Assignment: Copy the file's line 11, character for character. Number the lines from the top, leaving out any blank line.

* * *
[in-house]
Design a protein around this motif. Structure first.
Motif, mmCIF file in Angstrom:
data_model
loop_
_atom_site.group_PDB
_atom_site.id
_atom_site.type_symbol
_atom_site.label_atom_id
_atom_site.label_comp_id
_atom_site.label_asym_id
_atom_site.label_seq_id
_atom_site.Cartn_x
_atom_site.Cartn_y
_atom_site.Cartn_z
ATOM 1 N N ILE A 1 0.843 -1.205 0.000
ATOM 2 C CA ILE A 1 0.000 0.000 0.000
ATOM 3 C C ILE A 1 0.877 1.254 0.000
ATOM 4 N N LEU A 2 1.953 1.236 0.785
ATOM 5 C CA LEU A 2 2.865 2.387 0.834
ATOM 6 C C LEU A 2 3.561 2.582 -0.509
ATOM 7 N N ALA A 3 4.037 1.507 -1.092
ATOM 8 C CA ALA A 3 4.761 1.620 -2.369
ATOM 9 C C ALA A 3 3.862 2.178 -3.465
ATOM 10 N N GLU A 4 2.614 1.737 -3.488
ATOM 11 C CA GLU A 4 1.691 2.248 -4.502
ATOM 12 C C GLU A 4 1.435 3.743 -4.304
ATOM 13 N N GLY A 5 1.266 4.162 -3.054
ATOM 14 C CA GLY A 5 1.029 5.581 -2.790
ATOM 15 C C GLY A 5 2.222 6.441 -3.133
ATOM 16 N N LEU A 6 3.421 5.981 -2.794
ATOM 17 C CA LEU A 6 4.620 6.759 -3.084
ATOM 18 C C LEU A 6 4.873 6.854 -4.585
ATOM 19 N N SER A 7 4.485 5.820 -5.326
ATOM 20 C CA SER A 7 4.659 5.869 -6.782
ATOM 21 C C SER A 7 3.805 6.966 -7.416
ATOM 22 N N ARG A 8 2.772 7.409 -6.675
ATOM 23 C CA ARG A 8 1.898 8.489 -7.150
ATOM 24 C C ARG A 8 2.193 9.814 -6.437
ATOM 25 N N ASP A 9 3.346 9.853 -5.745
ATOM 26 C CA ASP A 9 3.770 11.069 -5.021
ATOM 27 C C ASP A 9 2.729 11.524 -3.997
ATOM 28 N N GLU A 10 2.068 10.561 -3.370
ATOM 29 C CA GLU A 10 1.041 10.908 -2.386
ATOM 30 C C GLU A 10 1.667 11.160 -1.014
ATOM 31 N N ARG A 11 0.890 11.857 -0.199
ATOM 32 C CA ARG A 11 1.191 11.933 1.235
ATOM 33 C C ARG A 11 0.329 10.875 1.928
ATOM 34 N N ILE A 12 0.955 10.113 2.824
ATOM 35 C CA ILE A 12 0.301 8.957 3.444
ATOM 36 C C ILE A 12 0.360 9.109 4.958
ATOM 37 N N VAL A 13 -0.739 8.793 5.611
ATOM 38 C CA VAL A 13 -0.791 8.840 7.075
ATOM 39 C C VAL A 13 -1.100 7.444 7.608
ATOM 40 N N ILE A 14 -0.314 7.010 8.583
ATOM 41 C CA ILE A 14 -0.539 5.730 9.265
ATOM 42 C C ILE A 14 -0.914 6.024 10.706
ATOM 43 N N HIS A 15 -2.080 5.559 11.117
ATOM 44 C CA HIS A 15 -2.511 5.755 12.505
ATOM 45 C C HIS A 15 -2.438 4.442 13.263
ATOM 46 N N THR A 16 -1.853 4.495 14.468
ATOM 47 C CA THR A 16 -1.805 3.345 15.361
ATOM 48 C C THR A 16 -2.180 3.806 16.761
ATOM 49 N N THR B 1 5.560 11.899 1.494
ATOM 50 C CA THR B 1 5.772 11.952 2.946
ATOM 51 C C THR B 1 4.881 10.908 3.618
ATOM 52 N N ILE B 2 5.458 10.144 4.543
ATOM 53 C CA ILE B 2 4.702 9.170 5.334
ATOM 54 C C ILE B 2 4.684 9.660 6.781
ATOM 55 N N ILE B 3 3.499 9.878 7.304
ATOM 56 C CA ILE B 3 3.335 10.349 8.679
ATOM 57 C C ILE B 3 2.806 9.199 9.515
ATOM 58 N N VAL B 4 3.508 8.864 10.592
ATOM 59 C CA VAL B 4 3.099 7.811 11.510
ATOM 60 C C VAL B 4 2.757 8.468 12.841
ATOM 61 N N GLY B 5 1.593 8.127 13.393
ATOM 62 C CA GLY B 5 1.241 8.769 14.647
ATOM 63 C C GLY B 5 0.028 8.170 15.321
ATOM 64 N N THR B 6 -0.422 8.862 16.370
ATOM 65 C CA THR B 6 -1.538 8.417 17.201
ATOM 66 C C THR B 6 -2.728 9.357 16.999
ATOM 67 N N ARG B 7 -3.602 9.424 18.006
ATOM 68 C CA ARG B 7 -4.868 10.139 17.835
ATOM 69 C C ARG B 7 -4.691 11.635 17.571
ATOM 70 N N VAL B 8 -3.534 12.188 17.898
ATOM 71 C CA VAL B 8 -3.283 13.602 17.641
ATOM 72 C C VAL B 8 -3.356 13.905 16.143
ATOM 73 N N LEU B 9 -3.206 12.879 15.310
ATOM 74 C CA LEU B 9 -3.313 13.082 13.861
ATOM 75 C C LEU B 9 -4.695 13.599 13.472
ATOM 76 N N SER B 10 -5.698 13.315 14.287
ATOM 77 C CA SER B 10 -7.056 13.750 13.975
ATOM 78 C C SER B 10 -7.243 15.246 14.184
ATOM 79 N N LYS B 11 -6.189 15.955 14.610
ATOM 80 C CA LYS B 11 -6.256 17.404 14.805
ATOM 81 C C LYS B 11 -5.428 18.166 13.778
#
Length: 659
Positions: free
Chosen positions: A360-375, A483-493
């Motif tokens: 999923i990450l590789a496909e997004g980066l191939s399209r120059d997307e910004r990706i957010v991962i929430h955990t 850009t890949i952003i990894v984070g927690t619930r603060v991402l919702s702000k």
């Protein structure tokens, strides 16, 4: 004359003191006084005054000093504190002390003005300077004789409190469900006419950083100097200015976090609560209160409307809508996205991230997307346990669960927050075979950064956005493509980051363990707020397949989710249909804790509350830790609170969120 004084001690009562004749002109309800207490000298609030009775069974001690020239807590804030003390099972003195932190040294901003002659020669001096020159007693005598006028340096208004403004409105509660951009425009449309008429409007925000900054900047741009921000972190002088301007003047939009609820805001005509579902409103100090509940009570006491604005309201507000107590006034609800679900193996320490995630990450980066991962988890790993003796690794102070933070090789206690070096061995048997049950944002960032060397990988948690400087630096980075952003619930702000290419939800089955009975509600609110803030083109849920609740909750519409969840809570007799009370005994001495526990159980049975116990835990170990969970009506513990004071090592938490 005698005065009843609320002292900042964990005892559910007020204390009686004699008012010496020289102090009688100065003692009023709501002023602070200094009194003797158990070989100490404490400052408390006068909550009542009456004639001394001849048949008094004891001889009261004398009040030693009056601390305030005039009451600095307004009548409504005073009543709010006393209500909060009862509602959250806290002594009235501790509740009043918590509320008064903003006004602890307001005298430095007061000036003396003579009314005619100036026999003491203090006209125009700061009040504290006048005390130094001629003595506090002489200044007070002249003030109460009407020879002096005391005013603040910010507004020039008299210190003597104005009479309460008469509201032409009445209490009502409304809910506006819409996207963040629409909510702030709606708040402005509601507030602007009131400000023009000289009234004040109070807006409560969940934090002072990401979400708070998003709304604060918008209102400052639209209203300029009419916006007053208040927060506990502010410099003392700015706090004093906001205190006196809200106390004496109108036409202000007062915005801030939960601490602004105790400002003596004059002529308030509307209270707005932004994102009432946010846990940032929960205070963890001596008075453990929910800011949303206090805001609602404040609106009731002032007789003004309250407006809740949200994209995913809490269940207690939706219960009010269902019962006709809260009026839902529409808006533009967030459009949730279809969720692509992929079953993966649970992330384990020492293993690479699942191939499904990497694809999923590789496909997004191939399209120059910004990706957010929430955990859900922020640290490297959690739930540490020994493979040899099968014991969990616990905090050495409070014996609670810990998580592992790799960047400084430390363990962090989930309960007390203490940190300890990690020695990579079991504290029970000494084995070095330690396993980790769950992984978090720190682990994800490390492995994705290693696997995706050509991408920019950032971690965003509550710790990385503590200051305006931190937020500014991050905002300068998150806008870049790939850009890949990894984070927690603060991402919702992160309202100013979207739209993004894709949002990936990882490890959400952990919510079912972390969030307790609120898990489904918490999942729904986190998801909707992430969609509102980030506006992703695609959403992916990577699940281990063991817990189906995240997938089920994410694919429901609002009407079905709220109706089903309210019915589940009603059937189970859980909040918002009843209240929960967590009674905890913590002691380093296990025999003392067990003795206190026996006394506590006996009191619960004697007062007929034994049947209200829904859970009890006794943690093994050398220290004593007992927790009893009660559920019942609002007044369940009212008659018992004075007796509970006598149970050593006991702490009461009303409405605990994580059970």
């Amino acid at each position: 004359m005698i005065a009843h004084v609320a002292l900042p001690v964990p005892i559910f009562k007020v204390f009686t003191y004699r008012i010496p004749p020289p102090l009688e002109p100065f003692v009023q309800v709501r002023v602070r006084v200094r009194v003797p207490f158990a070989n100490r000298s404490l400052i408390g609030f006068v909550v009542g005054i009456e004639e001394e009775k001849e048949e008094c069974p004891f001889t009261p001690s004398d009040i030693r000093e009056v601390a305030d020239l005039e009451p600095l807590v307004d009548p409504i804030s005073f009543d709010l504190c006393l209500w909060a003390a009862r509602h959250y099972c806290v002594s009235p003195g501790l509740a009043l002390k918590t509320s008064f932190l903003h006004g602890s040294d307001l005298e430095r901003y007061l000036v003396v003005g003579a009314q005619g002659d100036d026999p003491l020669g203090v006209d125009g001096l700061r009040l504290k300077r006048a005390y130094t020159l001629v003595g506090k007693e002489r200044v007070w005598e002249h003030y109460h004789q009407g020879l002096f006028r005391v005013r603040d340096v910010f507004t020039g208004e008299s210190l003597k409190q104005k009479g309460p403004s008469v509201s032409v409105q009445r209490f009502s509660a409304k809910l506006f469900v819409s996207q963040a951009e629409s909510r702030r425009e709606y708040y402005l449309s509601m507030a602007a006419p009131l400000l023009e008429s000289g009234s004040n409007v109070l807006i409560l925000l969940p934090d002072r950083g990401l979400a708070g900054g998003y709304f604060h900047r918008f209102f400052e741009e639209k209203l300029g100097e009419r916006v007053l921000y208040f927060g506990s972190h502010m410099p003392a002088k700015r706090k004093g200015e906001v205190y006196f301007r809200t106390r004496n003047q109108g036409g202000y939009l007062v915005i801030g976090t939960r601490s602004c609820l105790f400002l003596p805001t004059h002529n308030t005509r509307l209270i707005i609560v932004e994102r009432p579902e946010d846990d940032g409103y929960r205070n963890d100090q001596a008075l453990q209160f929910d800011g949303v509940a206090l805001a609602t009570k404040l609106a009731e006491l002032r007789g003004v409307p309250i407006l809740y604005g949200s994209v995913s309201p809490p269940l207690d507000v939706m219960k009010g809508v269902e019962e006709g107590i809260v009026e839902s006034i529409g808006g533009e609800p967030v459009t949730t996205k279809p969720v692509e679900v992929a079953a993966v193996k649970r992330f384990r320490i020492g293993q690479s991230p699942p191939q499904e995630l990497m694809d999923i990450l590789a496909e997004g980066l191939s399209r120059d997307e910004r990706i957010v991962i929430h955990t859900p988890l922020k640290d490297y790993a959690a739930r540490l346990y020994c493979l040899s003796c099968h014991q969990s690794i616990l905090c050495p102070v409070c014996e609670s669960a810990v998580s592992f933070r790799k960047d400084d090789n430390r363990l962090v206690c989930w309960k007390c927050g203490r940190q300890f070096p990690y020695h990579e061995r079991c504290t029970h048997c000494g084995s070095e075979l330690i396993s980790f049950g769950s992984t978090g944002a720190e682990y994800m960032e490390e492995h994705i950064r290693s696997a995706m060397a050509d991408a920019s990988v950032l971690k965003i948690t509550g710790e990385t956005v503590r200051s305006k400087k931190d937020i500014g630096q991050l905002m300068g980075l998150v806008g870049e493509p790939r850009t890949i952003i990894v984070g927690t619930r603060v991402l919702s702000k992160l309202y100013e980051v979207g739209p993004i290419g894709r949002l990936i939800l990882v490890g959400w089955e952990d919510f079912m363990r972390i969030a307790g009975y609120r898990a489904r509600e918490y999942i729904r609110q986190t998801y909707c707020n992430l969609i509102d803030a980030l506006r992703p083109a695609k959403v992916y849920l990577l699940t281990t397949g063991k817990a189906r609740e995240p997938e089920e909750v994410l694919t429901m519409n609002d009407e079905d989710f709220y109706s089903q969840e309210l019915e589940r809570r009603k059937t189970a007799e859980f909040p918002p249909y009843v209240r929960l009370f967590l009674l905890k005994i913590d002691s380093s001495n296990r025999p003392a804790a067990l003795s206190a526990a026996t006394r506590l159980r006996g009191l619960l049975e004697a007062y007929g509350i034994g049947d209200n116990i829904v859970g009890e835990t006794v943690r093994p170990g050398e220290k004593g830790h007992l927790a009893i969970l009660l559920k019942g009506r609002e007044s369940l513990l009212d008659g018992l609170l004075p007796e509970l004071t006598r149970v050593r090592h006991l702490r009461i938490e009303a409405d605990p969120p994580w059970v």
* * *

_atom_site.label_asym_id